NCPA: Medicare Cuts Would Limit Independents' Role in Diabetes Care


Medicare Part B's competitive bidding program for diabetes supplies gives mail-order and large chain pharmacies an unfair advantage, critics say.

Competitive bidding for diabetes supplies gives mail-order and large chain pharmacies an unfair advantage, advocates say.

Seniors with diabetes who rely on their local independent pharmacy for test strips and other self-care essentials may soon have to meet their needs elsewhere. As Congress weighs changes to Medicare Part B’s reimbursement policy, the National Community Pharmacists Association (NCPA) says one proposed reform would force most independent pharmacies to stop offering the supplies to Medicare beneficiaries.

By 2016, Centers for Medicare & Medicaid Services (CMS) will impose competitive bidding pricing on all diabetes testing supplies (DTS). Supplies delivered to patients’ homes—whether by mail or by a retail pharmacist—face an earlier deadline of 2013. Because smaller pharmacies lack the purchasing power of large chains and mail-order operations, NCPA says requiring them to accept low-bid prices for DTS would likely end in a mass exodus independent pharmacies from the program.

Data presented by NCPA in an October 2011 report supports the prediction. In its survey of 800 member pharmacies, 84% said they would likely drop out if faced with a reduction in Medicare payments for DTS. The same number said patient care would suffer—seniors with diabetes would no longer have access to the counseling, monitoring, home delivery, and other personalized services that are hallmarks of the independent pharmacy business model.

NCPA diabetes supplies survey

Source: NCPA Survey, October 2011

“The message from our survey is clear: applying competitive bidding prices for diabetes testing supplies to independent community pharmacies is financially unsustainable for these pharmacies and will hurt seniors,” said NCPA’s executive vice president and chief executive officer Douglas Hoey, RPh, MBA.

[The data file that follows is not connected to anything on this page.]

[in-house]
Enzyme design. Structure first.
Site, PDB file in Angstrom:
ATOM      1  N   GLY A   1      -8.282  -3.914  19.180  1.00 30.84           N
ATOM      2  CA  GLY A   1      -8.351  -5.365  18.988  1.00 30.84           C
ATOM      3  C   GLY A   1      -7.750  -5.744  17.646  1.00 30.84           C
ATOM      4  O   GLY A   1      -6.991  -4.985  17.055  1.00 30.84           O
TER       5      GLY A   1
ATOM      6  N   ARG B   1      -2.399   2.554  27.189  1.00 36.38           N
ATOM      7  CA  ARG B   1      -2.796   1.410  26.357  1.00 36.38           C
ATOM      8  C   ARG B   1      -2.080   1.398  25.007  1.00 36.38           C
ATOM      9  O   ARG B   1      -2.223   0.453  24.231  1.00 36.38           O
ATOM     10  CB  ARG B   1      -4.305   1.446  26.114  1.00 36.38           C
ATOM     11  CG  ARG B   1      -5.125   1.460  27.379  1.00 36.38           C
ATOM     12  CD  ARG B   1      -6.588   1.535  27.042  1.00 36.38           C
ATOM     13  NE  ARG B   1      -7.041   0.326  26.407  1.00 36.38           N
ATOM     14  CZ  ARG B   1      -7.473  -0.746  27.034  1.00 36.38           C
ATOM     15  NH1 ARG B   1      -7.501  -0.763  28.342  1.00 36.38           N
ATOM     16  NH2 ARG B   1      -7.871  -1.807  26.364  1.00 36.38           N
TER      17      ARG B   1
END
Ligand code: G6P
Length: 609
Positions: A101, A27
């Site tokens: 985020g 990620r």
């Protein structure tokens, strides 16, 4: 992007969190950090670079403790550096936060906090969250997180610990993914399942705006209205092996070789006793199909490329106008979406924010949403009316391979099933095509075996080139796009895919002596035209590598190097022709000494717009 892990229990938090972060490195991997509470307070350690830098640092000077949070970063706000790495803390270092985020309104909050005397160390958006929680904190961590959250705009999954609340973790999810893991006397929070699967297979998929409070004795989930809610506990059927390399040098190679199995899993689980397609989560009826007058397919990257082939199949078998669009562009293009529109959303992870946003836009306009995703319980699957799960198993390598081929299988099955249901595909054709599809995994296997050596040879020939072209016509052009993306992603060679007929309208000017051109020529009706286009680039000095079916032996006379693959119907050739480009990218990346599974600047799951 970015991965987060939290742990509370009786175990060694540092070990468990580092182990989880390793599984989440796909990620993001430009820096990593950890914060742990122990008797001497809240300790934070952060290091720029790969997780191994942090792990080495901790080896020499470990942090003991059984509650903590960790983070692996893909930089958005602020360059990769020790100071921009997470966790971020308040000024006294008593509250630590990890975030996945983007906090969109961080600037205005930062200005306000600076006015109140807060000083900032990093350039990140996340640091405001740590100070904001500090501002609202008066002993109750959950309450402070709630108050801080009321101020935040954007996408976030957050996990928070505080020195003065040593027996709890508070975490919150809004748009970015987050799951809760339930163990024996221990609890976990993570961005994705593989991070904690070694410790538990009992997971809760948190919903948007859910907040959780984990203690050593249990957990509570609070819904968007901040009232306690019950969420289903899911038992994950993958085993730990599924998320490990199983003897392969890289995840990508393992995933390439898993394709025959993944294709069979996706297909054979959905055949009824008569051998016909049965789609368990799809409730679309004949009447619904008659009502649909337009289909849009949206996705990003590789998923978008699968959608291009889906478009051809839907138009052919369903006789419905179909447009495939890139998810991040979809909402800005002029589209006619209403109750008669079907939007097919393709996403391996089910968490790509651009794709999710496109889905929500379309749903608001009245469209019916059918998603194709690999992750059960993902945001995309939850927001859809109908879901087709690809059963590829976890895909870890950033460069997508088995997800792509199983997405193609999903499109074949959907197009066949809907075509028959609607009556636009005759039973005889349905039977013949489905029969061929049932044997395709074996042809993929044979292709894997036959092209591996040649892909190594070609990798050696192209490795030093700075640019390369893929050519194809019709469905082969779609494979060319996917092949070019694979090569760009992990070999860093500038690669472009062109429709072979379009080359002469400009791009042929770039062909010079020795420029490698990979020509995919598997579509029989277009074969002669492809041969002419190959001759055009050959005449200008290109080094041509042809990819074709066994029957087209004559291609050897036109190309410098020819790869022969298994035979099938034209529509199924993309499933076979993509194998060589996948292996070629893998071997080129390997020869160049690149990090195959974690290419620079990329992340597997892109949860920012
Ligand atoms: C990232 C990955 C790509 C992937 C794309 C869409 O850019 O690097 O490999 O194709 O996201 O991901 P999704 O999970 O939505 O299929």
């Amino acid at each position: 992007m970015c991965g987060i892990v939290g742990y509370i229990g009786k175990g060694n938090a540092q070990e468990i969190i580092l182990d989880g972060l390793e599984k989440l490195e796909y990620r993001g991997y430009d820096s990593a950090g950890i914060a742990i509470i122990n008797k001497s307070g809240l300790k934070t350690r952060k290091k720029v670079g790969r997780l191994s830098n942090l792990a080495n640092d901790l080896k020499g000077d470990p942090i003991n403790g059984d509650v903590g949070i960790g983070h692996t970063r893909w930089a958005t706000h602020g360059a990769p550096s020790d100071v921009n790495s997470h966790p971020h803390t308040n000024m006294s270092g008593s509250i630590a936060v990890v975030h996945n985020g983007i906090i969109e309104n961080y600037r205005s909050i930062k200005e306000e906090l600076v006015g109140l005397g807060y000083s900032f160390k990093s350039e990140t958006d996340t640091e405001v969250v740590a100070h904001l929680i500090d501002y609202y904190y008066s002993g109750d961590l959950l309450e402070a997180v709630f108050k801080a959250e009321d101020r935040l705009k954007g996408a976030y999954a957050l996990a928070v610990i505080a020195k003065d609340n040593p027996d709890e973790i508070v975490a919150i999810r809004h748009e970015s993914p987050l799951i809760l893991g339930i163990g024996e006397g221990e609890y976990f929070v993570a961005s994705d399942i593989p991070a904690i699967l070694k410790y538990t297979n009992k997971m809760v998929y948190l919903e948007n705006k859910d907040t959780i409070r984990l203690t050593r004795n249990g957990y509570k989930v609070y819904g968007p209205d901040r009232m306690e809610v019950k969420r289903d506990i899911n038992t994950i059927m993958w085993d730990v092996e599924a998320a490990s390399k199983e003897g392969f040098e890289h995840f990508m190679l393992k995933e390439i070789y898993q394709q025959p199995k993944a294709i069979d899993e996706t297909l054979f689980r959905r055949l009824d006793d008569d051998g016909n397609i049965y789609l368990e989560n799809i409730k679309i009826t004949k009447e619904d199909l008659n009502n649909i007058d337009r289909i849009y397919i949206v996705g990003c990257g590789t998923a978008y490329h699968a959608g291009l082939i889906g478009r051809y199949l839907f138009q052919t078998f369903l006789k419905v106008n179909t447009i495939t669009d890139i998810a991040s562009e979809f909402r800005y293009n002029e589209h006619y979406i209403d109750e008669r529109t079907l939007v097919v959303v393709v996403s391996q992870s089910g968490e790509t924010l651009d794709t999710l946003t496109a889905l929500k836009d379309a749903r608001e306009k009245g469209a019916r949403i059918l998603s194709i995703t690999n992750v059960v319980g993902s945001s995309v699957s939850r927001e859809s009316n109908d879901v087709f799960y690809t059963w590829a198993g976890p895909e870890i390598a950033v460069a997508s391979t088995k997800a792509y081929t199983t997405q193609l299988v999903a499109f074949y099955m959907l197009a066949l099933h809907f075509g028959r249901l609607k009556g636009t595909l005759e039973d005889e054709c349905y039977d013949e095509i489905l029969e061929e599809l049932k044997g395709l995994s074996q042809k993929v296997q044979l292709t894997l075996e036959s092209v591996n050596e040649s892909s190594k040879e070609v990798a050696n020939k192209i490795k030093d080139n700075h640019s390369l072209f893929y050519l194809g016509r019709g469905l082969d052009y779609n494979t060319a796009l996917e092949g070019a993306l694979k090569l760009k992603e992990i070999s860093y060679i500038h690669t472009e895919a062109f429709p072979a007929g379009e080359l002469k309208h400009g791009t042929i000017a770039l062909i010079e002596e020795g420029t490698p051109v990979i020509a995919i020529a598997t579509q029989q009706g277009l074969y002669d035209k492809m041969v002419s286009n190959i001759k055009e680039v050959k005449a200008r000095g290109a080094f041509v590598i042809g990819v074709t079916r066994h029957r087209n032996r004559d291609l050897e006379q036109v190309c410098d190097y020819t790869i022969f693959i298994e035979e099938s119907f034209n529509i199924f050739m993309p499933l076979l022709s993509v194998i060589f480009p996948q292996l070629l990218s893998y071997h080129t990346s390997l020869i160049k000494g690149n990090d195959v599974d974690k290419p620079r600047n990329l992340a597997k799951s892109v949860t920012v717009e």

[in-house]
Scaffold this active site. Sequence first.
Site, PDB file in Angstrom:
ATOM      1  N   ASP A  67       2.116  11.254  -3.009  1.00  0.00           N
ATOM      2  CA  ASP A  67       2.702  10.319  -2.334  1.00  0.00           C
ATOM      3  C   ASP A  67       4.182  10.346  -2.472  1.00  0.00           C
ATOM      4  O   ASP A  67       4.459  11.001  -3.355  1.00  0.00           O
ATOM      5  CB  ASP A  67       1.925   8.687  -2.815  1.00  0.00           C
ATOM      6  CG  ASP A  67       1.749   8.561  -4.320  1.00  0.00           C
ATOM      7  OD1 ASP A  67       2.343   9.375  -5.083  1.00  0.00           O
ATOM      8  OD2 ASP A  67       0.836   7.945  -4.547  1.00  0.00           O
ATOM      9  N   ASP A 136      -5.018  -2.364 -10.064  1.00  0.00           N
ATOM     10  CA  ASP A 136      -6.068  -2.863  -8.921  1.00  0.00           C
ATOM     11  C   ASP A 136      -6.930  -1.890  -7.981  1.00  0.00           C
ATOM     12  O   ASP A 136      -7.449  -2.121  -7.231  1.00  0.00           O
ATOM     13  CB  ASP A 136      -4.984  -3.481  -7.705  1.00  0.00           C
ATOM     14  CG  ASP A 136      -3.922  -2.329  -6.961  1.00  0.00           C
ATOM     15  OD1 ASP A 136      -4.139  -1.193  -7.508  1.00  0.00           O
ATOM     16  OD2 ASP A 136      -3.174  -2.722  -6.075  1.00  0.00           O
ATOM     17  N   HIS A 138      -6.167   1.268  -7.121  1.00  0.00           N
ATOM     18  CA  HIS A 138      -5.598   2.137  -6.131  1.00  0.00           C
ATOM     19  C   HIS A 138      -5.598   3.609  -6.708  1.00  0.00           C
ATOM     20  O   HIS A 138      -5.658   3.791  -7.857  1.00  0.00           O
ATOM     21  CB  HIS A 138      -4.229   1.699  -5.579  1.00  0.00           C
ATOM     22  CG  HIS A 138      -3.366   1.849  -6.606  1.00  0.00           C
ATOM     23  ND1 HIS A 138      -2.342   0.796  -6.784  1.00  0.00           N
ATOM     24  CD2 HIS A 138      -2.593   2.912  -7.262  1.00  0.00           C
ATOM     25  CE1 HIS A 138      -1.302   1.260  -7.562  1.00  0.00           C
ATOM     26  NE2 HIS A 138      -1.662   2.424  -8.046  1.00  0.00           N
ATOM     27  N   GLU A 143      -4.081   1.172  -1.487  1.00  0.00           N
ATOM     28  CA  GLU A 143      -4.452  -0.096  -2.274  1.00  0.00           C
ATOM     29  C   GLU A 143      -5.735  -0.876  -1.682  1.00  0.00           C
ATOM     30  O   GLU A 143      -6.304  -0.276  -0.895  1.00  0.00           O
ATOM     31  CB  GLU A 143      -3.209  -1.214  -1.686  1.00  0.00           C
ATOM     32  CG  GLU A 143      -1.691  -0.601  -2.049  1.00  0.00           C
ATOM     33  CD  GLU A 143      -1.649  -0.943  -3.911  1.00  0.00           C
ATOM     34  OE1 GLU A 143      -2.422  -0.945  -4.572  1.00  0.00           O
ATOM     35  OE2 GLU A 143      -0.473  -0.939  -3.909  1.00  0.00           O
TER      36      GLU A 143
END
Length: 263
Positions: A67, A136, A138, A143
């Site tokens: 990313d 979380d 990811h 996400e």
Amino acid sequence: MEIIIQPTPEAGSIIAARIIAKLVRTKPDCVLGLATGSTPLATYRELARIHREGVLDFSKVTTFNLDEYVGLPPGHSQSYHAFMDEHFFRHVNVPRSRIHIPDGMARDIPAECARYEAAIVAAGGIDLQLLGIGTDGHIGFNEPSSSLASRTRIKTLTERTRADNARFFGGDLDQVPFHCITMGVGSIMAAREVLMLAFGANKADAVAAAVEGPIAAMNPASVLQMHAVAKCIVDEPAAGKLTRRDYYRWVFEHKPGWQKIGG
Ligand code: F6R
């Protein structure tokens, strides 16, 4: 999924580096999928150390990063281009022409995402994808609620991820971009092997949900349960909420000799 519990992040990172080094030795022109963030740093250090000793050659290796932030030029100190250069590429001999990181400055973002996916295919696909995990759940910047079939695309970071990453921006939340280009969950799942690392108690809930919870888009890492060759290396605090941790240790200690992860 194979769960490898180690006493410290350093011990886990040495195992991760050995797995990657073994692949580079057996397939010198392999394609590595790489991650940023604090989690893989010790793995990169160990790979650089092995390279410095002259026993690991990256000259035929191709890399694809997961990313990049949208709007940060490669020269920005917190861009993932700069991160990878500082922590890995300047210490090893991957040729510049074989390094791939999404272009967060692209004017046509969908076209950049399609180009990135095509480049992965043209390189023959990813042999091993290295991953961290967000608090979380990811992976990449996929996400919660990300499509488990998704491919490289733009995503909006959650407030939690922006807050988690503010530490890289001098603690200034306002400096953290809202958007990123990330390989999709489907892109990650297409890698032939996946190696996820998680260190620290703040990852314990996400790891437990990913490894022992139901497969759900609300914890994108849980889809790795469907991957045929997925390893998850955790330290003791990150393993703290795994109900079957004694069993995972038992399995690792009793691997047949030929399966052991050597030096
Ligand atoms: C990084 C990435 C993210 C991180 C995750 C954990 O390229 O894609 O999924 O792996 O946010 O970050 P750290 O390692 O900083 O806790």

The difference between average retail payments and competitively bid prices is significant, NCPA noted. Whereas the average retail payment for DTS was $37.67 in July 2011, the competitive bidding payment for January 2011 was $14.62. The pricing structure is one that “only a large warehouse can make work,” according to Hoey.

NCPA also reported the following key findings from the survey:

  • 81% of independents said the average Medicare patient with diabetes visits their pharmacy at least 2 times per month for counseling and supplies.
  • 81% of independent pharmacies deliver DTS to patients at home, and nearly one-third (28%) make 30 or more deliveries per month.
  • 65% predict an end to home delivery would have a “significant impact” on care for their patients, many of whom are homebound.

NCPA is presenting the results to Congress as evidence to support HR 1936, legislation that would permanently exempt DTS supplied by independent community pharmacies from the competitive bidding process. Called the Medicare Access to Diabetes Supplies Act, the bill would also permit retail pharmacies to continue home delivery of DTS without facing payment cuts due to competitive bidding.

Asked how the proposed pricing structure for DTS could affect patients nationwide, NCPA's government affairs lead John Coster, PhD, RPh, said in a press conference Tuesday that the program’s limited launch this year provides some clues. In the 9 regions where competitive bidding has been implemented since January 1, 2011, the majority of complaints and questions CMS has received from patients relate to diabetes testing supplies, according to Coster.

He said problems have ranged from patients’ confusion about where to get supplies to complaints about the customer service they receive from mail-order suppliers. “CMS is trying to downplay the complaints,” he added.

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